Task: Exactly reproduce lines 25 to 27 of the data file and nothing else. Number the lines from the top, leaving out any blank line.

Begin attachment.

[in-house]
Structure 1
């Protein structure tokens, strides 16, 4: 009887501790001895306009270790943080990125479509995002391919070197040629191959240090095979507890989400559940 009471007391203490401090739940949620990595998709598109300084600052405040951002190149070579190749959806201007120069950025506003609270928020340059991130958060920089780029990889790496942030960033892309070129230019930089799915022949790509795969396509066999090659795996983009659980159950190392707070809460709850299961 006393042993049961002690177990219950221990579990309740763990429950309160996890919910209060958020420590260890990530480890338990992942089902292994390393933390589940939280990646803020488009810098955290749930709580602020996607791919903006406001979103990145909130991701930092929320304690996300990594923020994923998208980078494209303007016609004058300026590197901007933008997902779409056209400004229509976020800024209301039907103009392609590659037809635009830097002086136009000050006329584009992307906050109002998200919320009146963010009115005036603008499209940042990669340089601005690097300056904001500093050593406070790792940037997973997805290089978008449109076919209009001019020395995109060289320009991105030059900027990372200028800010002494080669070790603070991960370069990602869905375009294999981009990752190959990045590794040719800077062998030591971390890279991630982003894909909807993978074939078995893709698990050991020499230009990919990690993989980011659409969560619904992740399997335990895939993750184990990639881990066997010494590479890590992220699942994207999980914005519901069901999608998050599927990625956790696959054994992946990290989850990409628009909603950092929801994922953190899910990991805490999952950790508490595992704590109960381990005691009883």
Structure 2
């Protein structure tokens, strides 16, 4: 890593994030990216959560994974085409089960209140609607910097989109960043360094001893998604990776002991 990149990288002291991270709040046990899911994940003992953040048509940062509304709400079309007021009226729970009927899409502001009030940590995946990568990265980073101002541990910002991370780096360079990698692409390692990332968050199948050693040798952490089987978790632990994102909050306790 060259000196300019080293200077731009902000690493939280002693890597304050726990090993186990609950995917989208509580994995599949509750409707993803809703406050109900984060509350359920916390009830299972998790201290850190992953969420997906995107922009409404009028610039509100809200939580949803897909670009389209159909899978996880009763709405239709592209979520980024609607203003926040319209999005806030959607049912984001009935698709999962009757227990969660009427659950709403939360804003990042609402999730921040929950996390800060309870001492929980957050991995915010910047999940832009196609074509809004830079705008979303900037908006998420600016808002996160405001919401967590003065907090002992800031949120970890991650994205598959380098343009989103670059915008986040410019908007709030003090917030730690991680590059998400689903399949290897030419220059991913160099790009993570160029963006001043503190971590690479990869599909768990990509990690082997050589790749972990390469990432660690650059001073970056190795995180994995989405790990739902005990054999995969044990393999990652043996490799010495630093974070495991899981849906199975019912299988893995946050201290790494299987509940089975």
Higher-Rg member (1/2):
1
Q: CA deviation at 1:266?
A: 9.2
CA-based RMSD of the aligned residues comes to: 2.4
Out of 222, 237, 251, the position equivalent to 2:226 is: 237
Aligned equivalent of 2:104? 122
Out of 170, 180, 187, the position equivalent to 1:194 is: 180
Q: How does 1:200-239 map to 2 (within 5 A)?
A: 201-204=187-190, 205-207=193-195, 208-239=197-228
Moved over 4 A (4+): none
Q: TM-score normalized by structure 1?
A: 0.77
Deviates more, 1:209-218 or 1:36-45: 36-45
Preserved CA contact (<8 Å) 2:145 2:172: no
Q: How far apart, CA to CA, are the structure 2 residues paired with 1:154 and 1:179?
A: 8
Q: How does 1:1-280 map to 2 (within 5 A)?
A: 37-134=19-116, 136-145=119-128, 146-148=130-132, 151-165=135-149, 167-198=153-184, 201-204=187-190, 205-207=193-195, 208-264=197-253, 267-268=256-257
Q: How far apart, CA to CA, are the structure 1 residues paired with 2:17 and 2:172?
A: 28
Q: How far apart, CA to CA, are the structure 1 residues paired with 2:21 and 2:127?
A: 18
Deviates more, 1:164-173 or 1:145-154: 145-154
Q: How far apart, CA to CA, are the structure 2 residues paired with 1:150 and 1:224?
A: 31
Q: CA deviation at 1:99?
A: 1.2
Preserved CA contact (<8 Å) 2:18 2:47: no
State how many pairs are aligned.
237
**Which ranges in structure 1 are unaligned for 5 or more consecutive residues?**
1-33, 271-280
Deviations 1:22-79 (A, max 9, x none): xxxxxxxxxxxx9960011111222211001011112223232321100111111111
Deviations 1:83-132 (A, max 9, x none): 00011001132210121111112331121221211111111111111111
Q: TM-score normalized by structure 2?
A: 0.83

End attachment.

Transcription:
Q: How far apart, CA to CA, are the structure 1 residues paired with 2:17 and 2:172?
A: 28
Q: How far apart, CA to CA, are the structure 1 residues paired with 2:21 and 2:127?